This drawing looks like an illustration from a children’s picture book: the spunky heroine scores the perfect pair of shoes! Some may wonder why shoe shopping would be part of a children’s story. A bit materialistic? And what’s all that stuff on the girl’s head?
The girl in the story is wearing feathers and bows in her hair. Why not? There’s a tiara too, because she is unapologetically 100% princess. She is enjoying a day out with her grandmother.
The illustrator is our talented friend, Christine. The storyteller is Julianna — of course!
In real life, Julianna has never worn a pair of “normal” shoes. She has a terminal neuromuscular disease and hasn’t stood for over a year. She also cannot breathe on her own and wears a mask that forces air into her lungs every minute of every day. As a result, she rarely leaves the house or even her room.
Julianna’s mind is as sharp as her muscles are weak. She is happy almost all of the time, but she knows what she is missing. She knows there’s a world outside of our doors and she remembers when she was able to go out into it.
A few times, we have had this conversation:
J: I don’t feel like I have a life.
J: I don’t go anywhere. I don’t do anything.
Heart sinking, I explain all the reasons why we can’t get her out of the house more and I promise to try harder. There’s no condemnation in her words, though. They are simple, stated fact. She already knows, and she accepts. But she wishes that it were different.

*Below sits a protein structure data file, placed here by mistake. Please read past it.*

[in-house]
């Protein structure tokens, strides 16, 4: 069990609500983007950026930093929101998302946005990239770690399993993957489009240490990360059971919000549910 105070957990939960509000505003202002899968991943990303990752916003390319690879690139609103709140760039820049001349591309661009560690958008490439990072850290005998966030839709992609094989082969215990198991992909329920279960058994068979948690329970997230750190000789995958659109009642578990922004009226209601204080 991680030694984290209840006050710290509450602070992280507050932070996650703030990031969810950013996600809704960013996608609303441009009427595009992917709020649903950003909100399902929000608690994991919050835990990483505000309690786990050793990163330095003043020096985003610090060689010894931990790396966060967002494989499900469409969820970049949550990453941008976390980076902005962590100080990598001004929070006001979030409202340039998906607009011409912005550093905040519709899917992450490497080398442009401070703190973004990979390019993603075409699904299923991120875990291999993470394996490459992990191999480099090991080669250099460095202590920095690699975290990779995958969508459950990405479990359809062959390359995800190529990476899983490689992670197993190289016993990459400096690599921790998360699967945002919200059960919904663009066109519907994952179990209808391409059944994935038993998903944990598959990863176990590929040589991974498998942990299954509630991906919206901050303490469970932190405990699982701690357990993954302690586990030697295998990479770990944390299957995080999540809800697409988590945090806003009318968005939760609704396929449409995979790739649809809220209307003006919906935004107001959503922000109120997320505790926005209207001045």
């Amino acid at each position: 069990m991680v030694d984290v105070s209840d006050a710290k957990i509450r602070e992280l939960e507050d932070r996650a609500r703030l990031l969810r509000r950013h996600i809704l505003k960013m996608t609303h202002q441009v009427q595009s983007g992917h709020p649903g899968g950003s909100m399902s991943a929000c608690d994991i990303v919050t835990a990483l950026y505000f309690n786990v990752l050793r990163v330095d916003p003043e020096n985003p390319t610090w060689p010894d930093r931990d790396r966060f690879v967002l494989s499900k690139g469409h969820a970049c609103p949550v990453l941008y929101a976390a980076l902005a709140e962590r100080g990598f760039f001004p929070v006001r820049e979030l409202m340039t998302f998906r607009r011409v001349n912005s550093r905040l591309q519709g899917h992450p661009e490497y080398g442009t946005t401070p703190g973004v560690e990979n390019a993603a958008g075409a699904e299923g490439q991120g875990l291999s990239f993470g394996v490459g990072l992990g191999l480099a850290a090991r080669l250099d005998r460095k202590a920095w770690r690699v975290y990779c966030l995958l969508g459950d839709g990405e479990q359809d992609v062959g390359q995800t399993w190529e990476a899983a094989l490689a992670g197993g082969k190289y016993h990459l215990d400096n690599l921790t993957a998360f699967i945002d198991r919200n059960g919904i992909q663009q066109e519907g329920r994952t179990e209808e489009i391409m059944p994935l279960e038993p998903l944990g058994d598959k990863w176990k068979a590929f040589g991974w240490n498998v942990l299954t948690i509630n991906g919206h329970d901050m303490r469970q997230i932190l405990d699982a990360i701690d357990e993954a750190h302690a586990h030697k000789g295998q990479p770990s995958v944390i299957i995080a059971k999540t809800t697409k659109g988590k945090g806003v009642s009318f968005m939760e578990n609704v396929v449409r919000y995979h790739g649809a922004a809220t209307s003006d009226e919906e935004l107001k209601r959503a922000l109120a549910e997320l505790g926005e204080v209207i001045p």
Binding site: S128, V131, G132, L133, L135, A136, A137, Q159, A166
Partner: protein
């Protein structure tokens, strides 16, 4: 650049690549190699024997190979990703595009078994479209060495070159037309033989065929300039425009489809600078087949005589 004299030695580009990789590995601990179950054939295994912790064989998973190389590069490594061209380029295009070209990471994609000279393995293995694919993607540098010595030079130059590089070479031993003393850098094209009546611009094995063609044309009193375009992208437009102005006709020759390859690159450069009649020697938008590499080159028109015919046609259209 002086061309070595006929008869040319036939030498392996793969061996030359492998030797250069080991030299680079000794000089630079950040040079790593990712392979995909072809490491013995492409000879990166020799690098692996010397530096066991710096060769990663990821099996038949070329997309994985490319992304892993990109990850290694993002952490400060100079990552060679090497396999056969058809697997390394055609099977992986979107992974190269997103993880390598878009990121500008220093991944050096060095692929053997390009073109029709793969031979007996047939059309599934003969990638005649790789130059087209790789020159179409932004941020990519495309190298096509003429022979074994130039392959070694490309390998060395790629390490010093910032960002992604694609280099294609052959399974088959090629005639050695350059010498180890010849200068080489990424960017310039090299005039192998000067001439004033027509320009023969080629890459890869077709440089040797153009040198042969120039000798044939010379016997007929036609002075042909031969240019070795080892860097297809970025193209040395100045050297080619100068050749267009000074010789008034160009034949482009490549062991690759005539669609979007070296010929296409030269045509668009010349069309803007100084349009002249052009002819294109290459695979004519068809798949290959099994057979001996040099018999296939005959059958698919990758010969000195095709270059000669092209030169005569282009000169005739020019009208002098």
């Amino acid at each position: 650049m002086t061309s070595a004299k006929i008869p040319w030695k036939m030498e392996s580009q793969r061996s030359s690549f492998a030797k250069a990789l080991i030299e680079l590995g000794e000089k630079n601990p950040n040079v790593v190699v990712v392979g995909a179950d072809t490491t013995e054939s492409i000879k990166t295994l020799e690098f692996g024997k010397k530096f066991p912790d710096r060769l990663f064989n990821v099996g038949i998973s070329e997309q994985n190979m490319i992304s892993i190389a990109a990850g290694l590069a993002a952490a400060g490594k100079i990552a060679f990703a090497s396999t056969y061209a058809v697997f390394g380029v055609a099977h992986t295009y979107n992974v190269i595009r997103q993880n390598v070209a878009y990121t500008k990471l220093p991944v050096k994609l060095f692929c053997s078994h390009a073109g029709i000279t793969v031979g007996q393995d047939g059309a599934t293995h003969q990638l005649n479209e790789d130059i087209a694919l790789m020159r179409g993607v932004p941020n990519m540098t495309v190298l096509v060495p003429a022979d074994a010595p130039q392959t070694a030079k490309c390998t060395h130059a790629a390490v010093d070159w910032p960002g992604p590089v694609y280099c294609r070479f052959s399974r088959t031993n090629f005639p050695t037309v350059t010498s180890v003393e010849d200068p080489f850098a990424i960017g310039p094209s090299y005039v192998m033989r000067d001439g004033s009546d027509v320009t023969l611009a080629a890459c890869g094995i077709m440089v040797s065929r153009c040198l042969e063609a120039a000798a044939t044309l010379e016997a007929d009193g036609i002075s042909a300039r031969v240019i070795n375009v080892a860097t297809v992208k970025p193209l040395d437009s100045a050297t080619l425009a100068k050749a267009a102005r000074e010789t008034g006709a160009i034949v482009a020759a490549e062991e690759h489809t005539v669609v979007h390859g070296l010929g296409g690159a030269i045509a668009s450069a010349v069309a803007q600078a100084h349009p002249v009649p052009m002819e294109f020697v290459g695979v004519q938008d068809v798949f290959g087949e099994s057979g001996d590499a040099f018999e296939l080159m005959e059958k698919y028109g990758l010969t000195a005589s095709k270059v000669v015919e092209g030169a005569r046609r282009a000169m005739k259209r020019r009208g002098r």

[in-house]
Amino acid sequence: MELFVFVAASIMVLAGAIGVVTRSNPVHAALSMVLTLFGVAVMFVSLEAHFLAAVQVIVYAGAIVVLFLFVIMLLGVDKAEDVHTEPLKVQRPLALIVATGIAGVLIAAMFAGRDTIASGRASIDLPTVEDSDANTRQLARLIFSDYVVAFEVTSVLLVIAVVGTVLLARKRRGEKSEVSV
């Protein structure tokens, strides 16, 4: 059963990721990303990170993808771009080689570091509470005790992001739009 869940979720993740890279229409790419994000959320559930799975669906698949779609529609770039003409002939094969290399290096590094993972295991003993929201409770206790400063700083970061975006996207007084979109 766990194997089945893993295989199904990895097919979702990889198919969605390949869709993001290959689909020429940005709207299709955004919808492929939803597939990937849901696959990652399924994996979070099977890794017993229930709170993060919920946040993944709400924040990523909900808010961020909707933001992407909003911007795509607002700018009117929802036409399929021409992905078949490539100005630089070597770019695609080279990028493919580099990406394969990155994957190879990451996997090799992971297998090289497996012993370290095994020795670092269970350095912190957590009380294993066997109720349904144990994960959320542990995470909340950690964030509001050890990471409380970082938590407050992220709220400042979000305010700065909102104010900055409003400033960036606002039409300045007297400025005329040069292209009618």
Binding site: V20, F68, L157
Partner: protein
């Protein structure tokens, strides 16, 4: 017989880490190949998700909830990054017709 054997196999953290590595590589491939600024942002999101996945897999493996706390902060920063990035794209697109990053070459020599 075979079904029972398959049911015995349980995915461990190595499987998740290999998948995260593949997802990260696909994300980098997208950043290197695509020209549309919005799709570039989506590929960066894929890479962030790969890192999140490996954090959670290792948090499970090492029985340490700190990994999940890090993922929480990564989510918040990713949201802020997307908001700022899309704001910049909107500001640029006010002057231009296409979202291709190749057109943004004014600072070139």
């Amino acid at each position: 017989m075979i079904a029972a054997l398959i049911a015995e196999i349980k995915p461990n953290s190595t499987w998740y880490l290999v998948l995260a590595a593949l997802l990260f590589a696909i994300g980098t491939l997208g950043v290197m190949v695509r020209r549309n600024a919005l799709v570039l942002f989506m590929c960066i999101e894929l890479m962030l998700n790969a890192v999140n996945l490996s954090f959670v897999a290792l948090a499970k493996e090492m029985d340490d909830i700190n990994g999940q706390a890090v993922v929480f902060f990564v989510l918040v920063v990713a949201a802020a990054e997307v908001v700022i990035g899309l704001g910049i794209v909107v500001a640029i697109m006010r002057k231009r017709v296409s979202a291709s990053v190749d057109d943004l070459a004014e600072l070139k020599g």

With her imagination, it is different. Her brain is always going and going and going (her words), and it takes her on fantastic adventures. In this story, she and Homie go on a shopping spree. They buy shoes and chandeliers. They eat at Red Robin and see a movie. The Julianna in this story doesn’t need five different pillows and a special positioning device to sit up. There are no feeding tubes or BiPAP. Anything is possible.
This drawing, see, is not just a cute picture. It is just as important as the medications and treatments. The medical stuff sustains her life. This helps make it worth living.
These days, Julianna’s most frequent request is “Play!” She gets through uncomfortable respiratory treatments if we play. She wants to sit up even though it’s getting more and more difficult because it’s easier to play. So we play and draw and we sing and dance. Julianna’s imagination is infinitely more powerful than her disease, and she is surrounded by people who let it soar.